Background: Icatibant, a selective bradykinin B2 receptor antagonist for the treatment of acute hereditary angio-oedema (HAE) attacks in adults, can be administered by health care professionals (HCPs) or self-administered. This analysis compared characteristics and outcomes of acute HAE attacks treated with self-administered and HCP-administered icatibant in a real-world setting.
Methods: The Icatibant Outcome Survey (Shire, Zug, Switzerland; NCT01034969) is an international observational study monitoring the safety and effectiveness of icatibant treatment. Descriptive retrospective analyses were performed (February 2008 to December 2012).
Results: Icatibant was used in 652 attacks in 170 patients with HAE type I/II. Most icatibant injections were self-administered (431/652, 68.5%). The proportion of self-treated attacks increased over time (40.3% in 2009 vs. 89.7% in 2012). The median time to administration was significantly shorter in self- versus HCP-treated attacks (1.5 vs. 2.4 h; p = 0.016). Earlier treatment (<2 h after onset) was significantly associated with a shorter median time to resolution (2.5 vs. 5.0 h; p = 0.032) and attack duration (3.0 vs. 14.0 h; p < 0.0001), regardless of administration method. Patients self-administered icatibant for attacks of all severities; overall, 34.7% of severe and 30.2% of very severe attacks were HCP treated. Logistic regression analysis did not find use of long-term prophylaxis, attack location or gender to be predictive for self-administration.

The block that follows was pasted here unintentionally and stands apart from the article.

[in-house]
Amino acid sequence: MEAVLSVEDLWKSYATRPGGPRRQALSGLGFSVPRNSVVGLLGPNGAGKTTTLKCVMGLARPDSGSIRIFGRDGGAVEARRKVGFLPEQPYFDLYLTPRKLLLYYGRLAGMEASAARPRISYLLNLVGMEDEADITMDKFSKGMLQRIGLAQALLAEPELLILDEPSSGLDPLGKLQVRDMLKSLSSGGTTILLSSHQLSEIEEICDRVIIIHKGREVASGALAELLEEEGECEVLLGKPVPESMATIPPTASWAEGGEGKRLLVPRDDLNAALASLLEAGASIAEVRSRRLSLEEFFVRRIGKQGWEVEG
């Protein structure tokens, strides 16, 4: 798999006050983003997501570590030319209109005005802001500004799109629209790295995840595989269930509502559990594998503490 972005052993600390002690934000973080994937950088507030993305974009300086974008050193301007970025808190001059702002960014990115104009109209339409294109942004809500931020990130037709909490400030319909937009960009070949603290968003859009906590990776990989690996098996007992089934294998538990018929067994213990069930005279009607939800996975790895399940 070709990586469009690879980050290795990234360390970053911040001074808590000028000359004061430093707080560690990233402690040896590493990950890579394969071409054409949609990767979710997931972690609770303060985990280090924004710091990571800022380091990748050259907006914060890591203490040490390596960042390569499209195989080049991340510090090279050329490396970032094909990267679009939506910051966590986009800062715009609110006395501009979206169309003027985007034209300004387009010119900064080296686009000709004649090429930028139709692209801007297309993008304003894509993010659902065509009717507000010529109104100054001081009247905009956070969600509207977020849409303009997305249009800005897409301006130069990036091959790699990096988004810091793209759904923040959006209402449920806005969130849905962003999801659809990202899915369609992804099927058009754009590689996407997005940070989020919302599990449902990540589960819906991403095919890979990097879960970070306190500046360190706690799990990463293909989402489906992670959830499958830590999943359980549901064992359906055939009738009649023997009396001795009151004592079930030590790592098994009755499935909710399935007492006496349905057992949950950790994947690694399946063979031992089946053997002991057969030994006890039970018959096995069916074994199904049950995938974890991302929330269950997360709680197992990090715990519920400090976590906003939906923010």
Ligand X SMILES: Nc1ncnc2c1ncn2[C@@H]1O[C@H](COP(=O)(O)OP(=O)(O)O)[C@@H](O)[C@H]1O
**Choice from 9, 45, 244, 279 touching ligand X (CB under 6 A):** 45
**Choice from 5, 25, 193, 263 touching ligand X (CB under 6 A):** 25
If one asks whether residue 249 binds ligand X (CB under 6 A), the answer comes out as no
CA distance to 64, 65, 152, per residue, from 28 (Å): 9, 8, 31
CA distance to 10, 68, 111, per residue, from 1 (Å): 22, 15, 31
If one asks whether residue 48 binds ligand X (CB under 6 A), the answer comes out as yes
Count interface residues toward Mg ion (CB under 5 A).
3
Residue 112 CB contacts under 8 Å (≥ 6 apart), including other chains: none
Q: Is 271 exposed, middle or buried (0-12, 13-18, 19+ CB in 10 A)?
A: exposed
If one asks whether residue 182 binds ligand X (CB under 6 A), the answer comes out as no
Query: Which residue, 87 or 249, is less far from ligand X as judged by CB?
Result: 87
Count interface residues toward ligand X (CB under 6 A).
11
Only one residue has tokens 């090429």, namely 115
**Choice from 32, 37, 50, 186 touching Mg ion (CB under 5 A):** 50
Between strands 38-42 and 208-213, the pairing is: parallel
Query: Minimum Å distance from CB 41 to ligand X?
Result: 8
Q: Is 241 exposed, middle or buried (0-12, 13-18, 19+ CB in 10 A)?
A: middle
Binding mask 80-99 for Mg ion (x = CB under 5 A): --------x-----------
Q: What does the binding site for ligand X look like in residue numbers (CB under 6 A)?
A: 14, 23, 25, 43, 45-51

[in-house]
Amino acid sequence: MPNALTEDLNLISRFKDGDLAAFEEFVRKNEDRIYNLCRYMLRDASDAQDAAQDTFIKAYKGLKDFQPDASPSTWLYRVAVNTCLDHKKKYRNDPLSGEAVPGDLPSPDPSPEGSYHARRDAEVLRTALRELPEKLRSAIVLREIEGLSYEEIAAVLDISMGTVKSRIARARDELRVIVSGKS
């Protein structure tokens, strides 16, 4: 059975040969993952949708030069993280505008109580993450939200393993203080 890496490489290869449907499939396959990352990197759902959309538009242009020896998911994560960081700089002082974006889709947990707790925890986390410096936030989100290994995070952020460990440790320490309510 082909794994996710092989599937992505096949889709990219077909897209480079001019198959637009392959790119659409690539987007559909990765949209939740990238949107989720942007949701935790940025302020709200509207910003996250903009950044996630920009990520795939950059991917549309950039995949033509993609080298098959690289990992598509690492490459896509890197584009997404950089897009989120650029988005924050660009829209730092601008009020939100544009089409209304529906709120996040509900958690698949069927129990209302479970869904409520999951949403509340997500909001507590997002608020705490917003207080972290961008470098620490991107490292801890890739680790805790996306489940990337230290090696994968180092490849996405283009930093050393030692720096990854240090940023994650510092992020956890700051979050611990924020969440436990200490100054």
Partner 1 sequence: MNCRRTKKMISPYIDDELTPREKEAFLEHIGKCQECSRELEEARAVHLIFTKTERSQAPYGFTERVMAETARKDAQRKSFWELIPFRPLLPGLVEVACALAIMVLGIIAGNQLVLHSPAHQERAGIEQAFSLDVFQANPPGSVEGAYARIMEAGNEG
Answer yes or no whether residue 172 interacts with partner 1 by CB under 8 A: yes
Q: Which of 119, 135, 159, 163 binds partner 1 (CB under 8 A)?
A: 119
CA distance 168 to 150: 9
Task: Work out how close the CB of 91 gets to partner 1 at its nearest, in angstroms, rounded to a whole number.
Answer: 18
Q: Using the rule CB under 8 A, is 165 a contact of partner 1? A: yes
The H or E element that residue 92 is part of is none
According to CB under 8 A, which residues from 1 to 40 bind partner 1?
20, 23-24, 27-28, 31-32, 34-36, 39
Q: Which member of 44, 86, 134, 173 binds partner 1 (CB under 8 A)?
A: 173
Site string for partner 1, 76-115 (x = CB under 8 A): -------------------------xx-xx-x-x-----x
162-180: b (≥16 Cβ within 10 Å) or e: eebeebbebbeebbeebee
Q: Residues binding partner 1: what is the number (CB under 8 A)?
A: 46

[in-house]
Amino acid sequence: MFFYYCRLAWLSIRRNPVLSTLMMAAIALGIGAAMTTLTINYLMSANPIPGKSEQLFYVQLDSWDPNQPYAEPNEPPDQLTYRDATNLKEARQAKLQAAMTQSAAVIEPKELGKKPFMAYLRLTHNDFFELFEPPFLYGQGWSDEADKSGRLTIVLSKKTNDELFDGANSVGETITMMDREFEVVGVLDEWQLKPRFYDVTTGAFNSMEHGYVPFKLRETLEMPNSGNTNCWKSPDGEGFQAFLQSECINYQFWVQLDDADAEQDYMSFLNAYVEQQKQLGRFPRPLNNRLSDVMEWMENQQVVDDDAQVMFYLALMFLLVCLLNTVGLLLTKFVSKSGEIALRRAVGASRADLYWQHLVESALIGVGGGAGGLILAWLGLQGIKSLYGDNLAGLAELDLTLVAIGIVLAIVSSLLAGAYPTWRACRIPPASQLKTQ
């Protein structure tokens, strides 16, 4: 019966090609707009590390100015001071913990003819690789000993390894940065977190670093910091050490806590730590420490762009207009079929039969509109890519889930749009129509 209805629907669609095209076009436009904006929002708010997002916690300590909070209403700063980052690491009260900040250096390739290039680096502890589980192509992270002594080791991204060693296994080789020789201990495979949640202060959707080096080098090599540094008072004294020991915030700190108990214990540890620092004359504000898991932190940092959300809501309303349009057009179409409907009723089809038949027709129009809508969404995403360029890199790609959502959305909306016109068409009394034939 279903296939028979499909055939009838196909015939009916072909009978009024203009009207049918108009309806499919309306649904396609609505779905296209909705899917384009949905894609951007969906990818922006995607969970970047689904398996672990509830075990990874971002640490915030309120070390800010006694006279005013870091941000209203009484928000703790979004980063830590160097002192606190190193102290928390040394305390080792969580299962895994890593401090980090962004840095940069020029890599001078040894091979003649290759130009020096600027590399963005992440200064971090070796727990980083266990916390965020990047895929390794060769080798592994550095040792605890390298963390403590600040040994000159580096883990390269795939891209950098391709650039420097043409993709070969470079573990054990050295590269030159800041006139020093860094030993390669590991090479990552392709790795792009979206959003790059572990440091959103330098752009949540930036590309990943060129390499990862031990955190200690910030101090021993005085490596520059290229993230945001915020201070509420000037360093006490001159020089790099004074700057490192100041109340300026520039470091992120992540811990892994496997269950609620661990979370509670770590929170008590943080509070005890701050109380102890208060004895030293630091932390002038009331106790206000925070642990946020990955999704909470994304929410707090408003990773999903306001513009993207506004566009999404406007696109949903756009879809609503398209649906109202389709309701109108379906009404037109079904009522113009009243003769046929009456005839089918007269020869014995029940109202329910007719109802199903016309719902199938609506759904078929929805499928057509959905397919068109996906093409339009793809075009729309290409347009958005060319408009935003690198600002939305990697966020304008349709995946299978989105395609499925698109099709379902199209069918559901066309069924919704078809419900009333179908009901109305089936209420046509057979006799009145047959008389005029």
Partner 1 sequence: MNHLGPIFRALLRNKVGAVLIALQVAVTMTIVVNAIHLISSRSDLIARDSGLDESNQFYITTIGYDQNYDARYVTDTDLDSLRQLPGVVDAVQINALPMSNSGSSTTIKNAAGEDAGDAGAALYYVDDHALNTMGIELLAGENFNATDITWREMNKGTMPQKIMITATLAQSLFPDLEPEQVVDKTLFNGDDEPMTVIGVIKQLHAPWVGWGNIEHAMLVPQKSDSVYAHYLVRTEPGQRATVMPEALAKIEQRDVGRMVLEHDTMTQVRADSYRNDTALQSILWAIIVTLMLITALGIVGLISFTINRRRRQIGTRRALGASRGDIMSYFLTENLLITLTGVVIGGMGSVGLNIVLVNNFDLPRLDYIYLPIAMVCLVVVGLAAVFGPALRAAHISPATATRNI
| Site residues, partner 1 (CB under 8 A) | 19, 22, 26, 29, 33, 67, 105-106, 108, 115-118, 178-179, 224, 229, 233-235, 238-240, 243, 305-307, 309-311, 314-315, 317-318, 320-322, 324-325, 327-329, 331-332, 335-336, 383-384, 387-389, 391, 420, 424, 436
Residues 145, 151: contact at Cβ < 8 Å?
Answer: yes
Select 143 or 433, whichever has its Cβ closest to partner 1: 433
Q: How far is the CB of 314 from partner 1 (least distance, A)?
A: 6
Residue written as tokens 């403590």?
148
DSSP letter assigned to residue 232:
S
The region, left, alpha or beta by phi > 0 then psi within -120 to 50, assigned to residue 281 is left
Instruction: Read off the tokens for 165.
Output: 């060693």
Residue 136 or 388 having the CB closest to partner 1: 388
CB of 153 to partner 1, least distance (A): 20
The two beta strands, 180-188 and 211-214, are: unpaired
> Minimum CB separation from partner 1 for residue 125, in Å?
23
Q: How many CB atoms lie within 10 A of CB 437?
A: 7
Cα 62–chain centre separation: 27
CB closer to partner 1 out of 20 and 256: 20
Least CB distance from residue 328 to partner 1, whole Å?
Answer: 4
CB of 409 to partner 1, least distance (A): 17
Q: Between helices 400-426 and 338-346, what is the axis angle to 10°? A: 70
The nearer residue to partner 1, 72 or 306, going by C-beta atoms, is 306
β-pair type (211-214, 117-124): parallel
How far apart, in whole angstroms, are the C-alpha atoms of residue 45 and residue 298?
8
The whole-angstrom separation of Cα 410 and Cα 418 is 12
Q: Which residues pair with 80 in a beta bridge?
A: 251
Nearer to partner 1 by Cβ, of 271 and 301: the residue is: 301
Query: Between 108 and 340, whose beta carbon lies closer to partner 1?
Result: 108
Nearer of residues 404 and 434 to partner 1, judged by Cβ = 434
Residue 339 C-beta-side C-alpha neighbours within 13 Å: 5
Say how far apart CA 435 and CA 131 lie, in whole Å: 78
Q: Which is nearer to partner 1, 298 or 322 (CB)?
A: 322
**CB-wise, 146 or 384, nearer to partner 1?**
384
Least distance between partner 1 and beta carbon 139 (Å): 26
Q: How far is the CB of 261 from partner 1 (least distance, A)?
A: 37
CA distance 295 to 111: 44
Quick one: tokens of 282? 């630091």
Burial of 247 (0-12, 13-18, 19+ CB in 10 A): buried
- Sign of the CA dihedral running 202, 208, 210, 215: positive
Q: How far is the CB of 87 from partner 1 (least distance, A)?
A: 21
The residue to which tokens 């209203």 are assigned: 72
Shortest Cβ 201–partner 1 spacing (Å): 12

Conclusions: The proportion of HAE attacks treated with self-administered icatibant increased over time. Patients successfully self-administered icatibant for a wide variety of HAE attacks, demonstrating that icatibant is generally well tolerated and effective for self-administration. Self-administration of icatibant provides a complementary option to HCP administration, enabling optimization of patient care.
© 2015 S. Karger AG, Basel.